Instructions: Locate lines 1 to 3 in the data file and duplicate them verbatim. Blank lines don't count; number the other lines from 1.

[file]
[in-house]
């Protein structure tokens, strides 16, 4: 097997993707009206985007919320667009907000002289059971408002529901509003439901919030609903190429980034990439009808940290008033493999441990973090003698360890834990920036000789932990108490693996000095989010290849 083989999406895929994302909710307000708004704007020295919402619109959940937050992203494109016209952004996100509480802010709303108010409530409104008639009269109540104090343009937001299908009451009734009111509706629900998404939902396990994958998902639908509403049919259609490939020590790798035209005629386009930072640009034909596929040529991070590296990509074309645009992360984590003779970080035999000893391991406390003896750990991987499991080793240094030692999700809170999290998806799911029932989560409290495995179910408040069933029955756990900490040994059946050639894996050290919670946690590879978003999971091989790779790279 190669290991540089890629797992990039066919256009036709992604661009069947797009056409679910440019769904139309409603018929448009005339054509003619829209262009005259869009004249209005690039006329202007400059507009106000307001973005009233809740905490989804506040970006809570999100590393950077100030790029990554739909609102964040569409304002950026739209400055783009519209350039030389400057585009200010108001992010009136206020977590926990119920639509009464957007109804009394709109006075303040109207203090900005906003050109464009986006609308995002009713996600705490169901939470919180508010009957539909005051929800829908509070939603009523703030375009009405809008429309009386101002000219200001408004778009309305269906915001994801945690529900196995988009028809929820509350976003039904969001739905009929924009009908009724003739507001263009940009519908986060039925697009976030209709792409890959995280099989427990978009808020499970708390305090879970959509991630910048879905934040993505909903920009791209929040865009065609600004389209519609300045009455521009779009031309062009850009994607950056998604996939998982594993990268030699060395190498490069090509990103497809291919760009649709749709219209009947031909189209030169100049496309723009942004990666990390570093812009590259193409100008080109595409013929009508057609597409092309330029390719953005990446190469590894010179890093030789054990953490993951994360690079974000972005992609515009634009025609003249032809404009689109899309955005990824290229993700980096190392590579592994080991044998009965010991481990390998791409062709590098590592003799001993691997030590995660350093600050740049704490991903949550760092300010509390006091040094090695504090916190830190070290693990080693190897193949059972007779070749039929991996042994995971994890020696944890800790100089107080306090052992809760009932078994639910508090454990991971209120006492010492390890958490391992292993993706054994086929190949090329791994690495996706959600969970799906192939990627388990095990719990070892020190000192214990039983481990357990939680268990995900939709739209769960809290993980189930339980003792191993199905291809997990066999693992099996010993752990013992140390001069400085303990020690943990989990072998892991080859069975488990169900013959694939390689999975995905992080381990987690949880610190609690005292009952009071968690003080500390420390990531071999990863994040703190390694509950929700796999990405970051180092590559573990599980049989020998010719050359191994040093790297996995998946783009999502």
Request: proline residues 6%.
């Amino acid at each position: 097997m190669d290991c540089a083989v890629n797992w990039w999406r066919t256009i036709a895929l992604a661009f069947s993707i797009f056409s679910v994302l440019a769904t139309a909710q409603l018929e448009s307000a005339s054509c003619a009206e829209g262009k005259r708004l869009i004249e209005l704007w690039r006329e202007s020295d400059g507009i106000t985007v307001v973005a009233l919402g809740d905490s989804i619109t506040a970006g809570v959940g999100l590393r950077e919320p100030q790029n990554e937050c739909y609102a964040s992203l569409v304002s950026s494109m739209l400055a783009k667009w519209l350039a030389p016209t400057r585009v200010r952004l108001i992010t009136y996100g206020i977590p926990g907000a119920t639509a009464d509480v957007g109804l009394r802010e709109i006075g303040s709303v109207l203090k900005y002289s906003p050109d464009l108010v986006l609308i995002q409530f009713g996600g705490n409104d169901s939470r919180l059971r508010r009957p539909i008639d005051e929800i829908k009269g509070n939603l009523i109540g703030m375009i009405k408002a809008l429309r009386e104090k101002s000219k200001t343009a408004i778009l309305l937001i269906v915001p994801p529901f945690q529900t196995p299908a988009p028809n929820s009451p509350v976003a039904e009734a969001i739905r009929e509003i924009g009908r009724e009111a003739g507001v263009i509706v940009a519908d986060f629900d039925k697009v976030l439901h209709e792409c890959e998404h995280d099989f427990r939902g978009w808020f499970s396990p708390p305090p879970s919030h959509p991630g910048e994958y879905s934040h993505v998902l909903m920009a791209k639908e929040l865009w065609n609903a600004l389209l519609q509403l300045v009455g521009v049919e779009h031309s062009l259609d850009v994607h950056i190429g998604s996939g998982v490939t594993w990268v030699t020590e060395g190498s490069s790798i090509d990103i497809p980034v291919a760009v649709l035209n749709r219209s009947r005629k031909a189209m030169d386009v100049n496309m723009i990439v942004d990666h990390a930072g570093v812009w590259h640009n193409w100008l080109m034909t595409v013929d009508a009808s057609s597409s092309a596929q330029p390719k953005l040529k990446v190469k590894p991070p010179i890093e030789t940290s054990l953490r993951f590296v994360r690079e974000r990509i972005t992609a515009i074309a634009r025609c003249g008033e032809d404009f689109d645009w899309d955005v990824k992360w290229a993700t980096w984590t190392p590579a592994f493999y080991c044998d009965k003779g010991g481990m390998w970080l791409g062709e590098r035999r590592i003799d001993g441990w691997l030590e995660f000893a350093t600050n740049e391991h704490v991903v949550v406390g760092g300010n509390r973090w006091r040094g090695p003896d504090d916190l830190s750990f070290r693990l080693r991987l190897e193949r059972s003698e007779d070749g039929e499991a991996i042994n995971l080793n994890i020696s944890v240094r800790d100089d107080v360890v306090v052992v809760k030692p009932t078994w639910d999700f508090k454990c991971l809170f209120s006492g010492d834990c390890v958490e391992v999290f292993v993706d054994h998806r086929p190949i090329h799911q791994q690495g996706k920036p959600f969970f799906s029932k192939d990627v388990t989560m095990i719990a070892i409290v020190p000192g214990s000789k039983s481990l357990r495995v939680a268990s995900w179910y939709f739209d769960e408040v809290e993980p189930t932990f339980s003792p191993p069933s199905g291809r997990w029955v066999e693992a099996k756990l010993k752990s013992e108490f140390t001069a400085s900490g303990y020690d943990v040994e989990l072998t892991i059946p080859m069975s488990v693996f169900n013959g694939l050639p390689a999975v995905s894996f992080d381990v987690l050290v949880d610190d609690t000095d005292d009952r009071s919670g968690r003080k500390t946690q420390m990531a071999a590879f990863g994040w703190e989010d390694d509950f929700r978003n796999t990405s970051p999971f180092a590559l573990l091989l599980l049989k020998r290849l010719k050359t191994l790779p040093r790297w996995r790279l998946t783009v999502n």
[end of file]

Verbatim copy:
[in-house]
């Protein structure tokens, strides 16, 4: 097997993707009206985007919320667009907000002289059971408002529901509003439901919030609903190429980034990439009808940290008033493999441990973090003698360890834990920036000789932990108490693996000095989010290849 083989999406895929994302909710307000708004704007020295919402619109959940937050992203494109016209952004996100509480802010709303108010409530409104008639009269109540104090343009937001299908009451009734009111509706629900998404939902396990994958998902639908509403049919259609490939020590790798035209005629386009930072640009034909596929040529991070590296990509074309645009992360984590003779970080035999000893391991406390003896750990991987499991080793240094030692999700809170999290998806799911029932989560409290495995179910408040069933029955756990900490040994059946050639894996050290919670946690590879978003999971091989790779790279 190669290991540089890629797992990039066919256009036709992604661009069947797009056409679910440019769904139309409603018929448009005339054509003619829209262009005259869009004249209005690039006329202007400059507009106000307001973005009233809740905490989804506040970006809570999100590393950077100030790029990554739909609102964040569409304002950026739209400055783009519209350039030389400057585009200010108001992010009136206020977590926990119920639509009464957007109804009394709109006075303040109207203090900005906003050109464009986006609308995002009713996600705490169901939470919180508010009957539909005051929800829908509070939603009523703030375009009405809008429309009386101002000219200001408004778009309305269906915001994801945690529900196995988009028809929820509350976003039904969001739905009929924009009908009724003739507001263009940009519908986060039925697009976030209709792409890959995280099989427990978009808020499970708390305090879970959509991630910048879905934040993505909903920009791209929040865009065609600004389209519609300045009455521009779009031309062009850009994607950056998604996939998982594993990268030699060395190498490069090509990103497809291919760009649709749709219209009947031909189209030169100049496309723009942004990666990390570093812009590259193409100008080109595409013929009508057609597409092309330029390719953005990446190469590894010179890093030789054990953490993951994360690079974000972005992609515009634009025609003249032809404009689109899309955005990824290229993700980096190392590579592994080991044998009965010991481990390998791409062709590098590592003799001993691997030590995660350093600050740049704490991903949550760092300010509390006091040094090695504090916190830190070290693990080693190897193949059972007779070749039929991996042994995971994890020696944890800790100089107080306090052992809760009932078994639910508090454990991971209120006492010492390890958490391992292993993706054994086929190949090329791994690495996706959600969970799906192939990627388990095990719990070892020190000192214990039983481990357990939680268990995900939709739209769960809290993980189930339980003792191993199905291809997990066999693992099996010993752990013992140390001069400085303990020690943990989990072998892991080859069975488990169900013959694939390689999975995905992080381990987690949880610190609690005292009952009071968690003080500390420390990531071999990863994040703190390694509950929700796999990405970051180092590559573990599980049989020998010719050359191994040093790297996995998946783009999502």
Request: proline residues 6%.